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hey Roy, got to tell ya' this info. is invaluable..you could market it! As you know my 1970 ECO is very similar in all aspects to the early Bolers. And yes it is exhibiting all the classic signs of axle fatigue. One I most enjoy is the low-rider effect, and with My age getting in and out is very EZ! Non the less its time to replace, I've been putting this off for some 16 years now. I have to admit the little bugger rides well and hasn't gotten considerably worse since I purchased it. Yes there is some uneven tire wear, and as with all trailers you have to fasten and batten while traveling. The most notable items that bounced around are the Coleman stove grates, used to fly right off ! You get used to it. What else can I say? But its time. And for YourS !
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Old 04-19-2009, 11:39 PM   #23
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One I most enjoy is the low-rider effect, and with My age getting in and out is very EZ!
You are welcome Jeff,

If you hold off a bit, someone here may be following my work with a 22.5 degree up. That should be a few inches lower than mine. Switching to the Carlisle mounted ST145R12 lowered me about an inch too. Tinker around enough and you might be able to keep that low rider look.

BTW your ECO may be a lot closer to the bolers than you think. I noticed you have it listed as a 1970+. I have not been able to track down all the info yet, but I postulate the ECO was supposed to be one of the boler American plants in 1972. I've read your bit about hot tubs in the boler history thread. From what I've gathered the boler American people tracked down companies that were alreading working with fiberglass to make trailers for them.
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Old 04-24-2009, 05:23 AM   #24
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Wow...that's a LOT more involved than my simple leaf replacement completed this evening. Still, I'm proud to have managed. Someday, I'll be brave enough to tackle welding...maybe.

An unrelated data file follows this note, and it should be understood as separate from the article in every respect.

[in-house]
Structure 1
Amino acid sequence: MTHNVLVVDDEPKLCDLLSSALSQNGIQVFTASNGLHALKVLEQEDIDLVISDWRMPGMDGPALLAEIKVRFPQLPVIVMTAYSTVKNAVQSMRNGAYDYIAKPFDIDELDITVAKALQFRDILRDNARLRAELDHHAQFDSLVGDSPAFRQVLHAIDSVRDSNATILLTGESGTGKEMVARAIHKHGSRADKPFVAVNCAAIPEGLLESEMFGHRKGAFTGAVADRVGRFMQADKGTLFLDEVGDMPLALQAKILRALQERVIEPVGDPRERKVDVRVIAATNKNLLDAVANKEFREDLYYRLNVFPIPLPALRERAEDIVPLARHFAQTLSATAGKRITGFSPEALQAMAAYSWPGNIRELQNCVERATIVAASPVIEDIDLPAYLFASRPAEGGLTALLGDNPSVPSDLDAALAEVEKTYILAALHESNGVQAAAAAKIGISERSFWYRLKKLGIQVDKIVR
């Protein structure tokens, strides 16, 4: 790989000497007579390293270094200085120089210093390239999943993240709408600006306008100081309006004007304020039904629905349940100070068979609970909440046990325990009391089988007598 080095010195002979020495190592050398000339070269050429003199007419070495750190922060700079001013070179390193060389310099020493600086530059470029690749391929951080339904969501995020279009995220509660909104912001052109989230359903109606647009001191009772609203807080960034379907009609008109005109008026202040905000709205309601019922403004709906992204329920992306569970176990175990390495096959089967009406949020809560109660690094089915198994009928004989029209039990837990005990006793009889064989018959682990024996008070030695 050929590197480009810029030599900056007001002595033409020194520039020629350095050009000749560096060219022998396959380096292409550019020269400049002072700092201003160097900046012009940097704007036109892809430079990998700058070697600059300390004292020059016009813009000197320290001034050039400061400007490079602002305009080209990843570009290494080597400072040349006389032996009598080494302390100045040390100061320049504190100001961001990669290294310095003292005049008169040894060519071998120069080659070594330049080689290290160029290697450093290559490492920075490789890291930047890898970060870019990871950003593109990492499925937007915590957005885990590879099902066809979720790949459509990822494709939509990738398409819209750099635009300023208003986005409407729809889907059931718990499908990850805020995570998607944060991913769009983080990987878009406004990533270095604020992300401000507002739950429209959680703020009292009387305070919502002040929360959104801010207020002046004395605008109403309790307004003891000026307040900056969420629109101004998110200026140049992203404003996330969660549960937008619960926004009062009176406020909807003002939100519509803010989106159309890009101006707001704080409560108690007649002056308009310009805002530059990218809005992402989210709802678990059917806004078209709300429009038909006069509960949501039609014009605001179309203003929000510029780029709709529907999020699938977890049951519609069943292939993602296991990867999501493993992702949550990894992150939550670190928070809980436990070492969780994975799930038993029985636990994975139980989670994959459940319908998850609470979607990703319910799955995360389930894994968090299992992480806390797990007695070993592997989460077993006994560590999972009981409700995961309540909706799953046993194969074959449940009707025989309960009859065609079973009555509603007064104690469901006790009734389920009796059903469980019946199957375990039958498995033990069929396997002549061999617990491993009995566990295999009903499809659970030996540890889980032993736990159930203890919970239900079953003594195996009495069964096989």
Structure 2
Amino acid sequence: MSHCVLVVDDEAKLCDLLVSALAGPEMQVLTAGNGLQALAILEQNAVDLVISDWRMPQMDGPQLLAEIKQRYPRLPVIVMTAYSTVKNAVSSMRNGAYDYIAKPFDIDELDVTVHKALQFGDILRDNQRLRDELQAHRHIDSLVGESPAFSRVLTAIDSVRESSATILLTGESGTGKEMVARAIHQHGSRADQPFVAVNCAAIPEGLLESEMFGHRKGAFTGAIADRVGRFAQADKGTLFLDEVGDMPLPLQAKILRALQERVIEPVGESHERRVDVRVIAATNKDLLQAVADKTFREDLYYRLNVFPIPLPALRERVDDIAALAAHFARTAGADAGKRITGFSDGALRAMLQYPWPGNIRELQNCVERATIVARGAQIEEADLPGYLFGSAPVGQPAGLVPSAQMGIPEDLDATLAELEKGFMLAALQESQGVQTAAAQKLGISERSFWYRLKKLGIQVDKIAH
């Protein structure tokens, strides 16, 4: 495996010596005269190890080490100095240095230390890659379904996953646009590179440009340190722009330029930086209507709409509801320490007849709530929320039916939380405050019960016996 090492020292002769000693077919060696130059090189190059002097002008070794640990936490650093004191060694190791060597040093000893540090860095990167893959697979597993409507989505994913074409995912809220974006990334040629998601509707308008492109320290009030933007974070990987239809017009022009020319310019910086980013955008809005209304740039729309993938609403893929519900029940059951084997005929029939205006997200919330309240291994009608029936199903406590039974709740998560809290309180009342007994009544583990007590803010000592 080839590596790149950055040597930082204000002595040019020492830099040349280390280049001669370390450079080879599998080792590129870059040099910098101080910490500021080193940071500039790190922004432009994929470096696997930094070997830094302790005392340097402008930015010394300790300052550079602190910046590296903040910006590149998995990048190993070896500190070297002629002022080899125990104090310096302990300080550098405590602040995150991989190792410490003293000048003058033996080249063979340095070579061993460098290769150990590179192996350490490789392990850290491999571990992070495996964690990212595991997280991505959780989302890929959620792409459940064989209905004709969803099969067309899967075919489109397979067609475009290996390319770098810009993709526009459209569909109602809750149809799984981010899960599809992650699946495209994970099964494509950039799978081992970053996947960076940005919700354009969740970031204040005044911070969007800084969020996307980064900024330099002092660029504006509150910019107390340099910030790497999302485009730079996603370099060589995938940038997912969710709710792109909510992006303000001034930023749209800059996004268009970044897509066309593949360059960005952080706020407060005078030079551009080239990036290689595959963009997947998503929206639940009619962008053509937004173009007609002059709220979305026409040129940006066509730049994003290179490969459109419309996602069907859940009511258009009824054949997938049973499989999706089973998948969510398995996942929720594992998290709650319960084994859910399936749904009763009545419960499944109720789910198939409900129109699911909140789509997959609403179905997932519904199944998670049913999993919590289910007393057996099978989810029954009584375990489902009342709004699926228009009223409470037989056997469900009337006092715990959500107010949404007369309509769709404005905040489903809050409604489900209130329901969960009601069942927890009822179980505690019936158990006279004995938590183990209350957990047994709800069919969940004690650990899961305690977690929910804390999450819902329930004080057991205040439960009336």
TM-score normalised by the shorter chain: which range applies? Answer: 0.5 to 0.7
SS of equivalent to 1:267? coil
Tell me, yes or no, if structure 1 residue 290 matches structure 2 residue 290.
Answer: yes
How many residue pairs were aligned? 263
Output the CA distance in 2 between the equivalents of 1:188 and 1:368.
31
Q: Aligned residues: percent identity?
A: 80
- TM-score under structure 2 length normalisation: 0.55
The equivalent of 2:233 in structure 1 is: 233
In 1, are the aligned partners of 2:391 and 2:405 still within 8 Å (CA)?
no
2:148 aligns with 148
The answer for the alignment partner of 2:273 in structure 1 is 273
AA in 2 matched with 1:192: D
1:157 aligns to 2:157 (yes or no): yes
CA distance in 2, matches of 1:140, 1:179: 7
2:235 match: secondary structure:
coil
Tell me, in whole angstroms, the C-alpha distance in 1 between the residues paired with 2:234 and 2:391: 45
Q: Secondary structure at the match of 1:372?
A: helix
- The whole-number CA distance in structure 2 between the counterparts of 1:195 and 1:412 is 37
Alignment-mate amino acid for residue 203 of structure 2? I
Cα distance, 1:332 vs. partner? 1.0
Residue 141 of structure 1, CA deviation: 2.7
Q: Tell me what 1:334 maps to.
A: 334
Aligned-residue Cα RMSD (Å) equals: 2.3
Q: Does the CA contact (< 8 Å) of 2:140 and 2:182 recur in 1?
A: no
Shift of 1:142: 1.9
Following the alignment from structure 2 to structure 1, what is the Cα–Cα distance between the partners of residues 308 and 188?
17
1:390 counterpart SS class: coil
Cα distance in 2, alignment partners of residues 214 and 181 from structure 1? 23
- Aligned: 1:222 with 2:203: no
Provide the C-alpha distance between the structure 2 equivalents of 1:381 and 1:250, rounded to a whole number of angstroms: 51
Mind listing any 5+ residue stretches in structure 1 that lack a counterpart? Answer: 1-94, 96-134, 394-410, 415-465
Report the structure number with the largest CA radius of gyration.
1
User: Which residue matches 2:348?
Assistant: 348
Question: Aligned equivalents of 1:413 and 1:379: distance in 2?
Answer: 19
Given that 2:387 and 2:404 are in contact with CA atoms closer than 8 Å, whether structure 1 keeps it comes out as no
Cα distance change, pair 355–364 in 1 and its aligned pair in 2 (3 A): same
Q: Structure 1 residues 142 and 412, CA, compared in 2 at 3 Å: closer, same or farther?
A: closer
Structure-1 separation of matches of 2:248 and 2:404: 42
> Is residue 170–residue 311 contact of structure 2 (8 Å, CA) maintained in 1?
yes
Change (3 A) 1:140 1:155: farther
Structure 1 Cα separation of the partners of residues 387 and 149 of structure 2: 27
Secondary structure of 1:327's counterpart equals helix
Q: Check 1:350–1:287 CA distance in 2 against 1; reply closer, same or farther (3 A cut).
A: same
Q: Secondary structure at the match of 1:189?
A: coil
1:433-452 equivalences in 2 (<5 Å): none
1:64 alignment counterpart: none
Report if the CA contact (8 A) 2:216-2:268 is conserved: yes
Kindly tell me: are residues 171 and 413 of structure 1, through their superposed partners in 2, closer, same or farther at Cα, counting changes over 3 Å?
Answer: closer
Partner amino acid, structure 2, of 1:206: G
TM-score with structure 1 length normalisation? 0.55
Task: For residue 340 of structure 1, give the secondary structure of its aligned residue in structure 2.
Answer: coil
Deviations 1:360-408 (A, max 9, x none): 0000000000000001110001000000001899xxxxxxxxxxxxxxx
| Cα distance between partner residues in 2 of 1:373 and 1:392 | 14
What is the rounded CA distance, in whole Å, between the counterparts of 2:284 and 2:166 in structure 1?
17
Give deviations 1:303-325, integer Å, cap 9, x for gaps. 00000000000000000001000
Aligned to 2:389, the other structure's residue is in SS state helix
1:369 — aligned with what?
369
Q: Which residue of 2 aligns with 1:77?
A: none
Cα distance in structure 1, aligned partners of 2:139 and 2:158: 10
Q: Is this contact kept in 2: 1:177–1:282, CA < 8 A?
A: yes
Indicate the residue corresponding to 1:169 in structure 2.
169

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Old 05-17-2009, 01:50 PM   #25
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We just picked up the trailer today from winter storage. The Kanadiann May "Two Four" weekend being the unofficial start of summer, camping and working on the trailer.

I was asked earlier about final heights. Hope These Help:

Height to step at door 10"
To bottom of frame 14"
(Add 3" for hitch = 17")
Road clearance to bottom of axle 8"
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Old 05-17-2009, 02:01 PM   #26
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I just compared these to the original specs in the brochure.

Height was listed at 6' 11"
Head room 6' 1"
That leaves 10" exactly the height of the step to my floor.

Looks like my mod flipping the axle restored the height back to the original specs!
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Old 05-20-2009, 04:58 PM   #27
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Thanks for all the information roy. When you said earlier that your final tire is a ST 145/R12, is this the tire that you are currently using? If so, isn't this a 12" tire, not the typical 13" size?


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Old 05-20-2009, 06:26 PM   #28
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you said earlier that your final tire is a ST 145/R12, is this the tire that you are currently using? If so, isn't this a 12" tire, not the typical 13" size?
Thanks Danny,

The final and current tire is a stock Carlisle ST 145/R12 premounted on a 5 x 4.5 bolt pattern rim. They were on sale at Princess Auto for under a $100 CDN ea.

It is a 12" tire, but total outside diameter was slightly smaller than original 6.00x13. The next closest Trailer tire on a 13" rim was just a little too big for my liking and cost as much for the tire alone even more if you include mounting etc.

The size difference between all 3 tires are shown standing on end below. The final ST 145/R12 is in the forground, the original 6.00-13 in the middle and its recommended replacement the ST175/80R13 is in the rear. A tape measure is shown for comparison purposes.